Search This Blog

Sunday, July 24, 2016

It's the 80's! (Do a lot of coke and design a bad signal.)

By the time the 1980's rolled around the dominant signaling providers in North America, US&S and GRS, were facing unanticipated competition from a variety of upstarts like SafeTran, Harris and others, that were making the incumbents 1920's vintage cast iron product line look a little long in the tooth.  The result were a pair of odd designs that entered the stage and then quickly exited with nobody really talking about them ever again.  The interesting thing is that both major manufacturers seemed to take the opposite lesson and in the end they both learned different things.

First up we have General Railway Signal's three lamp traffic light style signal.  Previously GRS has been the leader in modular signal design with their Type D signal having one lamp and the ability to be stacked as high as needed.  Seeing US&S with its successful 'N' series of linear multi-lamp signals, GRS added this rather low cost clone to its lineup.  Can you can see from the photos it was very low frills except for a snazzy block style GRS logo on the back.  The only nod to progress appears to be rust resistant aluminum construction.


These signals are quite rare with the only notable installation being the LA Union Passenger Terminal and this attests to their general success in the market.  It seems that GRS was stung by this turn of events as they basically exited the market for signal hardware aside from long running line of rapid transit signals that continue to be sold under the Alstom brand.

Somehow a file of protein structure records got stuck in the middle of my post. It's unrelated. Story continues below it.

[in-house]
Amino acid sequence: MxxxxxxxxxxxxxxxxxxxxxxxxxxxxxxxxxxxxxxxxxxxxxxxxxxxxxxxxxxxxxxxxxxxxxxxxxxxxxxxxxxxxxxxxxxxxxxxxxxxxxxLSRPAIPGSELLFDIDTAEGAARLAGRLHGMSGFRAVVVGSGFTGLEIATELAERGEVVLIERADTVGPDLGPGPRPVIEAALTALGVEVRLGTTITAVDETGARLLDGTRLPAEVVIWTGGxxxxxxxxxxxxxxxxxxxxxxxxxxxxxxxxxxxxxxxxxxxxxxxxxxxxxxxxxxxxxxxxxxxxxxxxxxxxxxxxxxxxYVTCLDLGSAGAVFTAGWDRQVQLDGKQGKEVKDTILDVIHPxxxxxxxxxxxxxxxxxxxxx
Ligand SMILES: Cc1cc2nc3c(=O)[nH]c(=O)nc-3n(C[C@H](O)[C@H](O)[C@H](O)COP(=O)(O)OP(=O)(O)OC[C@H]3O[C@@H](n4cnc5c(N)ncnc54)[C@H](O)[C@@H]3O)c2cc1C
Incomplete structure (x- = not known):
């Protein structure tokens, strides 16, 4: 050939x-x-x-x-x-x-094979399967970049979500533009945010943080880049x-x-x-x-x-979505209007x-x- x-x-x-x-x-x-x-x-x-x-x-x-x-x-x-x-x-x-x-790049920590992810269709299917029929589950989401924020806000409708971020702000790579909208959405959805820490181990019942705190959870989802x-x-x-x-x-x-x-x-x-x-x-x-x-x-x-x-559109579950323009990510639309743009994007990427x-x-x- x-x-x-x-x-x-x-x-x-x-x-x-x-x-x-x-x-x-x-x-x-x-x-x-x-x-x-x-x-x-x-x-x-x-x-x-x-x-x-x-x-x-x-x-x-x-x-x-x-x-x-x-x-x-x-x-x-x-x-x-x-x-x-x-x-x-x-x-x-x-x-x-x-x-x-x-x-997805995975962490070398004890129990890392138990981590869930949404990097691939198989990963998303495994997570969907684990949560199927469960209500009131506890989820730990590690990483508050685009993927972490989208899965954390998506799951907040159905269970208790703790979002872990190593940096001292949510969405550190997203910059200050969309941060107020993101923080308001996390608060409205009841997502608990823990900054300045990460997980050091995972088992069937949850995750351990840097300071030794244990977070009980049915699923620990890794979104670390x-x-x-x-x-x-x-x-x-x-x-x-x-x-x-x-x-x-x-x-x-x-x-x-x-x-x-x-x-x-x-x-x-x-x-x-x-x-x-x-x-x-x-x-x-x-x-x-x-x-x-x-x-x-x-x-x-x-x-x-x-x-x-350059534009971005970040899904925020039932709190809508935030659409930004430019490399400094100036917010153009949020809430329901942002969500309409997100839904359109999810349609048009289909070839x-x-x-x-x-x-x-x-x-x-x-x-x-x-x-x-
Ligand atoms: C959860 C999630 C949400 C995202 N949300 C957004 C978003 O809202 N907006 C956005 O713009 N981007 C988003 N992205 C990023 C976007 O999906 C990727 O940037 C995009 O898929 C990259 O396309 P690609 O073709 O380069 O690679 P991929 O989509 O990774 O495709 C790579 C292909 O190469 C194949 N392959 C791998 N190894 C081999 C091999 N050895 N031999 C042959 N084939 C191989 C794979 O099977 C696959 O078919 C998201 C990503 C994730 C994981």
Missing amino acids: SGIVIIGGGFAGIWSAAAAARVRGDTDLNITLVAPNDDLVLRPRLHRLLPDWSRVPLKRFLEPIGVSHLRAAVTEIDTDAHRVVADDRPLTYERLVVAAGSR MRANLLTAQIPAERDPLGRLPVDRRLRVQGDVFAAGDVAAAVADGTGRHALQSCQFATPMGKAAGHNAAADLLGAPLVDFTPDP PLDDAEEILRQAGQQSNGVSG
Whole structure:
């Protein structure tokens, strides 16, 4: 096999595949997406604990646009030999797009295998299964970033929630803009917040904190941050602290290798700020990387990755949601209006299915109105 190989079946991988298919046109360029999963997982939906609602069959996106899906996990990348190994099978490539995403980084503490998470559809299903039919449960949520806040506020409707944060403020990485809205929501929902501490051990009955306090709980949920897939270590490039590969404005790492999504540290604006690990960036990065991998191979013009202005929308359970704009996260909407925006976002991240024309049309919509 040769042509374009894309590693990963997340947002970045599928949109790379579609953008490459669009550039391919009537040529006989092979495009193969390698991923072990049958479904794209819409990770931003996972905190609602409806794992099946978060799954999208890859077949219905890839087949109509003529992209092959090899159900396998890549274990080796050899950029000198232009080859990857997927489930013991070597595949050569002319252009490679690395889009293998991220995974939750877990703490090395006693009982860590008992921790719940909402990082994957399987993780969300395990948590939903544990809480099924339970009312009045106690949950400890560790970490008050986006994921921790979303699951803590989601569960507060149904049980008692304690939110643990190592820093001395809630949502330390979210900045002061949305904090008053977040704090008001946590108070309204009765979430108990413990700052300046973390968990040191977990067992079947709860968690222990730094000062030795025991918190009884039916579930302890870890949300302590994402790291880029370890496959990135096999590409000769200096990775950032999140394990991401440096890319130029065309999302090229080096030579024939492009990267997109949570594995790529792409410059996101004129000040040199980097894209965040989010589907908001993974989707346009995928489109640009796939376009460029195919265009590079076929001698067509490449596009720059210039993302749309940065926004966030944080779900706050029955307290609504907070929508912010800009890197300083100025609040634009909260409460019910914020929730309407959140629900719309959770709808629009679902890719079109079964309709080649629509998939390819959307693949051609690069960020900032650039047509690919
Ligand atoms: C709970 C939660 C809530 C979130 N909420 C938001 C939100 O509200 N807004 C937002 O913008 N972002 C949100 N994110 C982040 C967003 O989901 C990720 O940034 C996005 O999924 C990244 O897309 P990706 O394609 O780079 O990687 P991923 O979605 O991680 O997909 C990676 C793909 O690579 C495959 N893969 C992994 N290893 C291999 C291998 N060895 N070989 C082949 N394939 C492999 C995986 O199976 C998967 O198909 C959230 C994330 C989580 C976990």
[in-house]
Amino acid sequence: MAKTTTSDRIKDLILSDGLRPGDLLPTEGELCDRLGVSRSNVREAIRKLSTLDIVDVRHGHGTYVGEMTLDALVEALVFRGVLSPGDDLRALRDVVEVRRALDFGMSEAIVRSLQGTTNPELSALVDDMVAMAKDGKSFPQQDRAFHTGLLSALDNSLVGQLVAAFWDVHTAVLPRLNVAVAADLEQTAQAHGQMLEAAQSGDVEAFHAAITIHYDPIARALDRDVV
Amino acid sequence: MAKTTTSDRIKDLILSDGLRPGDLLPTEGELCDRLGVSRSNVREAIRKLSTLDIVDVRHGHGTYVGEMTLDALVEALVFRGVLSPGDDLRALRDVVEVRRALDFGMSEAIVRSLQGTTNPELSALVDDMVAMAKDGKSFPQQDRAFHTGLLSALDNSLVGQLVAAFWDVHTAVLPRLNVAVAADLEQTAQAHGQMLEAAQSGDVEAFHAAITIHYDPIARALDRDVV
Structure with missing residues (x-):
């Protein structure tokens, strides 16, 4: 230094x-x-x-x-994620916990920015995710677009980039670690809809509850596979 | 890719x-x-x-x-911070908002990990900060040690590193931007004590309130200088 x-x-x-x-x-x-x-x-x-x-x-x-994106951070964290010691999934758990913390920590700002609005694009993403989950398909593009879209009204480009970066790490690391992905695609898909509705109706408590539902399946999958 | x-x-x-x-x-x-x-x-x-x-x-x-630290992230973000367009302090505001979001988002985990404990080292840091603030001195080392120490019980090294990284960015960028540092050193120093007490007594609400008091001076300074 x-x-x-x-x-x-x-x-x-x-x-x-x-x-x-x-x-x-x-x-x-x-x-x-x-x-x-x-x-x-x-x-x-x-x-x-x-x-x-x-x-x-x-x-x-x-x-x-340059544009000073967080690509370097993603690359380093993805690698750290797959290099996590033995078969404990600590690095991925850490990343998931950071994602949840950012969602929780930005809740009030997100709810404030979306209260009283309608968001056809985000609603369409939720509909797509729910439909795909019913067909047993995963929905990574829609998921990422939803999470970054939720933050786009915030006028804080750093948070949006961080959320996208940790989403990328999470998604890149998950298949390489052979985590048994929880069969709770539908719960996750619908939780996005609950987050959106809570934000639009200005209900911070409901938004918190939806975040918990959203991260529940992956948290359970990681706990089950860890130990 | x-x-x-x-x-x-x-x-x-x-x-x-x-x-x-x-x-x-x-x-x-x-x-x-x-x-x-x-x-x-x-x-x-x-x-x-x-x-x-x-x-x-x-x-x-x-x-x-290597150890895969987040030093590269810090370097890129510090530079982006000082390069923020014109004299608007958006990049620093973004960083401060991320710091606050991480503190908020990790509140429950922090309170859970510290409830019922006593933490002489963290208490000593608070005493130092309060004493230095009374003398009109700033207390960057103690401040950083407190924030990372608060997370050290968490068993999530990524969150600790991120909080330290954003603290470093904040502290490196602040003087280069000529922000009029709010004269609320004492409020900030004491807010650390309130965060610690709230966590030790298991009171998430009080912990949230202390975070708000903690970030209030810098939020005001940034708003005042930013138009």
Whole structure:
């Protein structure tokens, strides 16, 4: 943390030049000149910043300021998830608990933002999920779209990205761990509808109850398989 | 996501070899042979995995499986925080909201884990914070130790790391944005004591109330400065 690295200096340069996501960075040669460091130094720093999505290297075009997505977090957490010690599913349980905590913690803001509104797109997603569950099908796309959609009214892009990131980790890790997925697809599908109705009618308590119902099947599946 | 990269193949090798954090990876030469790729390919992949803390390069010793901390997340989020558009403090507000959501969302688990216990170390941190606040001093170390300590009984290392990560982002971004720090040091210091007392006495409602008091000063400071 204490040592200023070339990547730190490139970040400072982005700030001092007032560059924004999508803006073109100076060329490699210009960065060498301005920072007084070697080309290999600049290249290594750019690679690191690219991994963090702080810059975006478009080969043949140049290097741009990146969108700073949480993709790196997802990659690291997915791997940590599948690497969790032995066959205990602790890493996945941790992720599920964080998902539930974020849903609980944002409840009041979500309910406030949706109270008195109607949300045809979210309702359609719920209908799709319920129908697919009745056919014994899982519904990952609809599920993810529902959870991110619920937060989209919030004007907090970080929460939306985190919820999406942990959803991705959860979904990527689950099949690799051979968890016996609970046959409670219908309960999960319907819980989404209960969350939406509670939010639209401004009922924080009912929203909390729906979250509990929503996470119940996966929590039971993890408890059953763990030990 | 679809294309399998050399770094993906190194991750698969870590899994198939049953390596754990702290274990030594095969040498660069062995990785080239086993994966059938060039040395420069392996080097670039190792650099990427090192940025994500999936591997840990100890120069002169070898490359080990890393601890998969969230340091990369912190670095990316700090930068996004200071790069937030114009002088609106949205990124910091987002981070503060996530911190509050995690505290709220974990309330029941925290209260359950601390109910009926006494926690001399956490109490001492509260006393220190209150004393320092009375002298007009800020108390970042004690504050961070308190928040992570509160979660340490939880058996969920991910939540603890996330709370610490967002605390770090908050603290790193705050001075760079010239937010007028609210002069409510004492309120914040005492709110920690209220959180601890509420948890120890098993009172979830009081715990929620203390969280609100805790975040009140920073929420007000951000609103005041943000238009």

As I said before, US&S took the opposite lesson and decided to add a modular signal to its lineup to supplement the N series that was forced to use a round marker lamp for single light situations. What they came up with is best described as...bizarre.

Yes they thought the best solution for a stackable modular signal lamp was a round housing. Stacking support was provided by an external frame that came in 1, 2, 3 and 4 lamp configurations.  Still, you have to give US&S a point for versatility since these units could also be arranged on a circular target signal in a 3 lamp configurations.  Again note the Plain Jane construction which was common in the high labor cost/pre-CNC period.

Needless to say these were also a flop with the largest concentrations appearing on the Pittsburgh Light Rail network and on the METRA Electric Division.   However, unlike GRS, US&S chose to keep fighting the low cost upstarts and re-designed their modular signal to be the squarest square you have ever seen.

Overcompensation much?

Anyway, if anyone knows the actual model designations of these signals please let me know and I'll update the posts. Also, I assume that the design and market life of these signals probably went beyond the 80's on one side or the other, but that would make less of a compelling title.


  1. The N&W installed those US&S "modular" round housing signals between Fort Wayne and Muncie in 1982. They are the vertical frame type.
    They are about to fall thanks to the ongoing PTC project.

  2. FEC has a few of those GRS 3 lights still running around. My personal favorite installation is at Jupiter Bridge. On both sides of the drawbridge, the top signal head is GRS and the bottom 2 heads are Safetran. You should come visit the FEC sometime, before the double tracking project destroys all of the old searchlights and colorlights.